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How Sharp Objects Is Doing What Other Shows Aren’t

As of late in film and tv shows, female characters have been portrayed as the complete definition of empowerment and at the forefront of every movement. They are depicted as fighting for rights, rising above her mistakes, taking the world by storm, and defeating the patriarchy that stands in her way. As beautiful and dreamy as that sounds, it’s just not realistic.

There has been a surge of female leads that embody this while always sneaking in that catchphrase, “girl power,” and then calling it a day. Now, I’m not trying to say that this type of woman is a bad thing; it’s great for young girls, and even older women, to see these types of female characters on the screen. But this phenomenon has created a stagnant female character that people aren’t buying anymore.

Sharp objects is quite the opposite in their depiction of a female protagonist and, honestly, that’s why it works so well. Camille Preaker is a journalist who goes to her hometown to investigate the murder of two young girls. Camille eventually discovers just how twisted the people who live in her hometown are and worst of all: her family.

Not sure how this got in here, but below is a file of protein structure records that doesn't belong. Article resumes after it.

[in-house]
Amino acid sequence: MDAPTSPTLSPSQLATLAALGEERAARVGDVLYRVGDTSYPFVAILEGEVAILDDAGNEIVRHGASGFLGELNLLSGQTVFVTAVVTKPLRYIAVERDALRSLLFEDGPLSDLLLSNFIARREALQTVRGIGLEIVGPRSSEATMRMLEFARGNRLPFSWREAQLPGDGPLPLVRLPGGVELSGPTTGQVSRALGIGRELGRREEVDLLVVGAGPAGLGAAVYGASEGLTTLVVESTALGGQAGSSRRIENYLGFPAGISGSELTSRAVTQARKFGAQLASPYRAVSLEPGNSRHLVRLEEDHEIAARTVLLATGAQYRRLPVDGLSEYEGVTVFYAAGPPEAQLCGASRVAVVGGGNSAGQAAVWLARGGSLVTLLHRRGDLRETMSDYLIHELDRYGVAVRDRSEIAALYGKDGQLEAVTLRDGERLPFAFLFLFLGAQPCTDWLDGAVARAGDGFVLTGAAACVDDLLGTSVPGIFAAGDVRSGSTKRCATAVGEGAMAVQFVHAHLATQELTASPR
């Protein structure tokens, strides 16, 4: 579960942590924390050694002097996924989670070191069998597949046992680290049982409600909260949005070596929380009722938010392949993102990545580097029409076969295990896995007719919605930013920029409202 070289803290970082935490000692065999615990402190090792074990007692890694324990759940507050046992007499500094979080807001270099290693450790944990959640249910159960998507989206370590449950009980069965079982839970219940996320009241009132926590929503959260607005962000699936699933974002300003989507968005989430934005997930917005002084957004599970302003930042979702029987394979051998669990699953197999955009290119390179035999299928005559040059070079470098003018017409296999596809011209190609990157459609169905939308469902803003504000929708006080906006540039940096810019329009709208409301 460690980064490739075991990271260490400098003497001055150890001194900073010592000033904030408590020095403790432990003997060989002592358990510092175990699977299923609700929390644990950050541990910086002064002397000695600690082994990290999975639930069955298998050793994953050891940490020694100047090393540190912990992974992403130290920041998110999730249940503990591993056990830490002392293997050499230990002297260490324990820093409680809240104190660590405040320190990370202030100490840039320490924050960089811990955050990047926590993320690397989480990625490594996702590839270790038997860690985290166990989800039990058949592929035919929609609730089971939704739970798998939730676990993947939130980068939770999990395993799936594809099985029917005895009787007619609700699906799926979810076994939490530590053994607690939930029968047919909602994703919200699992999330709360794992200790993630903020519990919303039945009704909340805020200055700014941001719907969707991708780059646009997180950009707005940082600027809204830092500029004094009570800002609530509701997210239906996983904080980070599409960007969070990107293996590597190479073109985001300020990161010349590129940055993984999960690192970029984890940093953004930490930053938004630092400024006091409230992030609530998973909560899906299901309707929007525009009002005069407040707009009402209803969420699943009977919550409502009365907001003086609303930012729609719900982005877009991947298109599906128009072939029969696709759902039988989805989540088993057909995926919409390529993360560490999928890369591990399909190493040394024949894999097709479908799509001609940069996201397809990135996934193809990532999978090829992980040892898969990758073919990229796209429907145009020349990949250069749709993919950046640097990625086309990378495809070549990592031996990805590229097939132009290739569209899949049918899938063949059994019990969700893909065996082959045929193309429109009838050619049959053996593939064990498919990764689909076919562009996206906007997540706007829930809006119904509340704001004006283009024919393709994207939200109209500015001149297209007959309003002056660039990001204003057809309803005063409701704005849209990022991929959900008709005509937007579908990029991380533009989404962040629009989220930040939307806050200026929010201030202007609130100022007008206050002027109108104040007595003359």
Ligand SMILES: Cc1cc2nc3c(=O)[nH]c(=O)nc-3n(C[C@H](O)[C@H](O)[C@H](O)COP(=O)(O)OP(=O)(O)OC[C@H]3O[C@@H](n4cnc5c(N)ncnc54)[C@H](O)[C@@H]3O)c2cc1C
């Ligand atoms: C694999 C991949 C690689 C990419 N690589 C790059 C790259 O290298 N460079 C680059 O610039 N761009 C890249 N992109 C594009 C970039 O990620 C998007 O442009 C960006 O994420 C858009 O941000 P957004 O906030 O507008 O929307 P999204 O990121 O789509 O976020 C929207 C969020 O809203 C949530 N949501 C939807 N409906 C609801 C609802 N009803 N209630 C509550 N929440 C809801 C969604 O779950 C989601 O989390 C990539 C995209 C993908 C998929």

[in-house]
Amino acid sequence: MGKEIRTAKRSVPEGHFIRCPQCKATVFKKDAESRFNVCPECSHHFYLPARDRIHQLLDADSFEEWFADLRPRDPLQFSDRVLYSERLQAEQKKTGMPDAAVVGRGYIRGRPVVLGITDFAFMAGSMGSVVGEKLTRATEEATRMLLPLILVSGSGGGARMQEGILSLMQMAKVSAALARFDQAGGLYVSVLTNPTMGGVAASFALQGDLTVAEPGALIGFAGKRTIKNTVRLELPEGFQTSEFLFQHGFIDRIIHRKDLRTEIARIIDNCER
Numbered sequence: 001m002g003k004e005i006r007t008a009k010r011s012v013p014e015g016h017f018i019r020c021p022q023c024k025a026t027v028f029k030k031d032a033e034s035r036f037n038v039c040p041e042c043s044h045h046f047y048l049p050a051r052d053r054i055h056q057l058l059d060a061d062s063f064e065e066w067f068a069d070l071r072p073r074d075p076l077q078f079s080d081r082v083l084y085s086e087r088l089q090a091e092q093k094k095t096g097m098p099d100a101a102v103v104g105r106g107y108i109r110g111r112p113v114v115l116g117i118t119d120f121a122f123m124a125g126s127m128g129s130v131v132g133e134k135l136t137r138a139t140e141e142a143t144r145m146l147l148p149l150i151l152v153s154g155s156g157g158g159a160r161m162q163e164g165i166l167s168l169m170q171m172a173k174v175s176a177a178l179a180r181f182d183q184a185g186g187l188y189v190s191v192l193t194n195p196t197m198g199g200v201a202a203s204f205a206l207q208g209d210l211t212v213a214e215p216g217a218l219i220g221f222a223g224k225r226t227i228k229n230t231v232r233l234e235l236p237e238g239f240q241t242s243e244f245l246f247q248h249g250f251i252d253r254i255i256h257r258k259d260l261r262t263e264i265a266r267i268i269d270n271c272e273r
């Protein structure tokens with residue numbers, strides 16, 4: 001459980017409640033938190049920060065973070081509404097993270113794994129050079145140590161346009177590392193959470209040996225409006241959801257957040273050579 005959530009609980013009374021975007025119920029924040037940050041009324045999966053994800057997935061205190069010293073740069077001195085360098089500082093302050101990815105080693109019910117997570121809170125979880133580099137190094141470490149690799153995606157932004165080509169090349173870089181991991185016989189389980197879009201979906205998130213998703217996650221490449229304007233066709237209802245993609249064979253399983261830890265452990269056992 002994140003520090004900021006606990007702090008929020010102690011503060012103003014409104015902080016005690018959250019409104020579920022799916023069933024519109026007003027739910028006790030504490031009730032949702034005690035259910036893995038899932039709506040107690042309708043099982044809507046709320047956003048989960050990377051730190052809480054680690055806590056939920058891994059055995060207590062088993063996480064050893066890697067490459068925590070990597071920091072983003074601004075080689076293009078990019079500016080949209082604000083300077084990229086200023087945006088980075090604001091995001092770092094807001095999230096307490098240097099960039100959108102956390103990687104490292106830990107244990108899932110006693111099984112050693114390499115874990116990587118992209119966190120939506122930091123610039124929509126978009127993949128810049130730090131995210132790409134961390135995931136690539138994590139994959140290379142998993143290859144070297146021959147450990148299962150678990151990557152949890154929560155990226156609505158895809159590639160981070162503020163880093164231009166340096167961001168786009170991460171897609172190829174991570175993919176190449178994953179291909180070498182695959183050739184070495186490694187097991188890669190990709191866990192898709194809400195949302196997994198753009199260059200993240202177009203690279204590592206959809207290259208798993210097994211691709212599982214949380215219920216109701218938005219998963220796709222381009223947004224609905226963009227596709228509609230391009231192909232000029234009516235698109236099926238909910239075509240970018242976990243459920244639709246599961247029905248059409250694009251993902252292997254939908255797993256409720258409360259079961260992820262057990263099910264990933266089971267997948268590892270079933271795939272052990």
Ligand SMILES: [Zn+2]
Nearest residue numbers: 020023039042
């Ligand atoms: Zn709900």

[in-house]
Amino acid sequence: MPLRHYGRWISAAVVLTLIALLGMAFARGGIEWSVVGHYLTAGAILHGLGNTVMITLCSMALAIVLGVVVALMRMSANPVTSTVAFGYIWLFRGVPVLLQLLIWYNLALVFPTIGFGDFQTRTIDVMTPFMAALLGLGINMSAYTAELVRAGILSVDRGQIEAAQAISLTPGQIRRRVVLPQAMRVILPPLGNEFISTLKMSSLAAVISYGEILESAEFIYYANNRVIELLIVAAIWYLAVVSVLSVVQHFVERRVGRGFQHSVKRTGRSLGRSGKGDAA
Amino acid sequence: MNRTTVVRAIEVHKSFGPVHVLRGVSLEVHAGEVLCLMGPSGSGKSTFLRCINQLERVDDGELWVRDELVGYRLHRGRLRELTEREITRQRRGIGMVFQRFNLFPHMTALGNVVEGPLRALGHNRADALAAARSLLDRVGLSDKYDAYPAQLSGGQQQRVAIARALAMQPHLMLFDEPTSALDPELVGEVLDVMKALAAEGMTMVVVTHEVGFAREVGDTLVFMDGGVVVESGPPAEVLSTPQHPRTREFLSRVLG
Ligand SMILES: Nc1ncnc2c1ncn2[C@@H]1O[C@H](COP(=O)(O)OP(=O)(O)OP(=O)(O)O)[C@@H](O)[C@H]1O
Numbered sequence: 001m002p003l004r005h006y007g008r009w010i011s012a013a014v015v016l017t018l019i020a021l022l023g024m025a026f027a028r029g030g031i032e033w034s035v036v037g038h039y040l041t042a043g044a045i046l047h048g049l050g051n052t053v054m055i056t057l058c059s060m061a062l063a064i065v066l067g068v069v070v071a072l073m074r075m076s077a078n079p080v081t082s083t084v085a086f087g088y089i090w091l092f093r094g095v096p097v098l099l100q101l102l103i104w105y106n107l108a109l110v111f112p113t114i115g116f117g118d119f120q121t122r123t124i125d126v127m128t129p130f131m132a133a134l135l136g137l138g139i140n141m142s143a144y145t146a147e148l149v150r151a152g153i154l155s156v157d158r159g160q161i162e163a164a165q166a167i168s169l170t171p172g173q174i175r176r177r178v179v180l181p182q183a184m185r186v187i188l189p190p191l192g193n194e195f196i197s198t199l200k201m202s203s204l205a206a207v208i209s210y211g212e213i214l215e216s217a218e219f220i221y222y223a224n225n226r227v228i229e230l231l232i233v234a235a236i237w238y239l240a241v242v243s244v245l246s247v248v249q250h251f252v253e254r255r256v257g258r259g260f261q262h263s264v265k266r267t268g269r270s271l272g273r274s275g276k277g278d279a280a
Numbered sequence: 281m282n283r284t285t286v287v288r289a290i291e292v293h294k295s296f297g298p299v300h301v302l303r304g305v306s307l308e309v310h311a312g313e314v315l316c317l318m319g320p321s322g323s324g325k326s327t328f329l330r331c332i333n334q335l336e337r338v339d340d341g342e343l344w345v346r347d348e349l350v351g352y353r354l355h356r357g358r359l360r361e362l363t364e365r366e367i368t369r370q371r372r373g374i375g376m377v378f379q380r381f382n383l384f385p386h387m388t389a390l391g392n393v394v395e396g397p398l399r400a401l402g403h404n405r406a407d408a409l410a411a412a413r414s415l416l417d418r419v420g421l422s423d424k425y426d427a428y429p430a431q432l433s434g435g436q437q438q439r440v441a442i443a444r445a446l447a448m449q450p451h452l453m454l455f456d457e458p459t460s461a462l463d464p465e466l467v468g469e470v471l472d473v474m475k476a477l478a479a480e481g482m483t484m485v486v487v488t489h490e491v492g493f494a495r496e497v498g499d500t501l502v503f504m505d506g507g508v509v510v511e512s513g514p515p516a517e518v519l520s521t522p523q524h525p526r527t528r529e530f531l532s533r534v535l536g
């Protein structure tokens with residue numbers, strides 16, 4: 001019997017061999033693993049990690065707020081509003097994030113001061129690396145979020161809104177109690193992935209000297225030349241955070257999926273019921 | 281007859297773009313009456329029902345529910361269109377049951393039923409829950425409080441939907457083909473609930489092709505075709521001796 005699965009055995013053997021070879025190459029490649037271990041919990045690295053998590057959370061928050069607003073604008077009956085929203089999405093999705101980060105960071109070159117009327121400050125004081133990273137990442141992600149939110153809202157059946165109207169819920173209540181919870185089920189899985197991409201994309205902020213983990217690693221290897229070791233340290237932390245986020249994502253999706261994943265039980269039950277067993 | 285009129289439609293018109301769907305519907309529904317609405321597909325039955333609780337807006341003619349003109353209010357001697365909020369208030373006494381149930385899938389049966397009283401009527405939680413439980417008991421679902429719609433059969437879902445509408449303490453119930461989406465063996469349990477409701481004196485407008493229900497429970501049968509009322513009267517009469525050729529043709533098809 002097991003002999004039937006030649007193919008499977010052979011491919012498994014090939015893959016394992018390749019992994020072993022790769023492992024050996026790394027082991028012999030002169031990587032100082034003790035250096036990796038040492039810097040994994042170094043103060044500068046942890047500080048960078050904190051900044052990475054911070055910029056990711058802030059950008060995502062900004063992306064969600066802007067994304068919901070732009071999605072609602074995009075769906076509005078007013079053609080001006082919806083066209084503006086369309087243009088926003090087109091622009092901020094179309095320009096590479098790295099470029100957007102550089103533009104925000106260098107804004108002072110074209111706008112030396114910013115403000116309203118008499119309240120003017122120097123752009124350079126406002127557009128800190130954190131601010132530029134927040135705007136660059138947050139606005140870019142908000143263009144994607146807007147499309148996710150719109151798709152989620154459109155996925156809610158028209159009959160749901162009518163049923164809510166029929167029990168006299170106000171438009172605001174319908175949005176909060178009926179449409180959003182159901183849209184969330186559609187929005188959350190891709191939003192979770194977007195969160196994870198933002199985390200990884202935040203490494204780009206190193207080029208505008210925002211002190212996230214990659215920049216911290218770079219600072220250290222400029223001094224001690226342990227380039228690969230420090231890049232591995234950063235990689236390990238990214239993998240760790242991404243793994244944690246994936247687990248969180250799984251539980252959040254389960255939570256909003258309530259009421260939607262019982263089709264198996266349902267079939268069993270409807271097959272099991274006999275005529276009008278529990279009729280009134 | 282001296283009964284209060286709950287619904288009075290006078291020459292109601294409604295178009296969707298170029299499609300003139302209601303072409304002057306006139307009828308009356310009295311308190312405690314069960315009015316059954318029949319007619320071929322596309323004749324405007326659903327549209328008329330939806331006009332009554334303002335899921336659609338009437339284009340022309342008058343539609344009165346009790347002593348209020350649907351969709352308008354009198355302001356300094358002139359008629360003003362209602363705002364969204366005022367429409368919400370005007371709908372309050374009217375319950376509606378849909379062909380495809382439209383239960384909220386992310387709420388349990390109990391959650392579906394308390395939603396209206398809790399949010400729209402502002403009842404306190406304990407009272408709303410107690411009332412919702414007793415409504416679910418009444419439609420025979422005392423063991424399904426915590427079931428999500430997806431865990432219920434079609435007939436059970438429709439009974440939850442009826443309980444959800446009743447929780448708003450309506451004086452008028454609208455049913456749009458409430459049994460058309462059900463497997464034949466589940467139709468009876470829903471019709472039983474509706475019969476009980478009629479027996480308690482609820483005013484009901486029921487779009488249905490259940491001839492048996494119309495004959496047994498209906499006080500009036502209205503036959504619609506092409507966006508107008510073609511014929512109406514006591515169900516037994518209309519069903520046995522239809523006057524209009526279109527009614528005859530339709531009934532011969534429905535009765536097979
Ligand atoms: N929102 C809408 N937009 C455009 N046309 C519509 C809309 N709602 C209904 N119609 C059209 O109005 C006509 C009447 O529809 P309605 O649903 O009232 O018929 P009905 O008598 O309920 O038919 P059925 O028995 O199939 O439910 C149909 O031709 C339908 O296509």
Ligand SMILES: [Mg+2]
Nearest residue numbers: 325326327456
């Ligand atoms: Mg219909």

Camille is not the hero of this story. There actually isn’t a hero, which might turn some people off, but it shows reality in its messiest and truest form. She is unapologetically sad and broken. Her life is falling apart in front of her, and she is figuring it out as she goes. She makes many mistakes and at some points, you just want to shake her and ask, “what are you doing?” But that doesn’t diminish her character or make her weak. She is in control of her actions; consciously doing what she wants to do on her own terms. Even though those actions might not have the best outcomes. She’s figuring things out as she goes and not everything turns out perfect. Actually, it turns out to be the opposite of perfect.

Another reason this show stands out from most is the abundant amount of female character with depth and complicated stories. Everyone in town assumes that a man was responsible for the deaths of the young girls, however, as the story dives deeper it reveals the mysterious antics of the women, leaving you with more and more questions as you go. 

There are three main plot twists that change the entire story and the way we view female characters. The female characters drive the story; the story doesn’t drive them. They are multidimensional and do things you would least expect. Especially when you find out who the actual killer is. But I won’t spoil that for you because you’ll have to go watch it yourself. 


Carrie Shaheen

Miami (OH) '19

Miami University President/Writer
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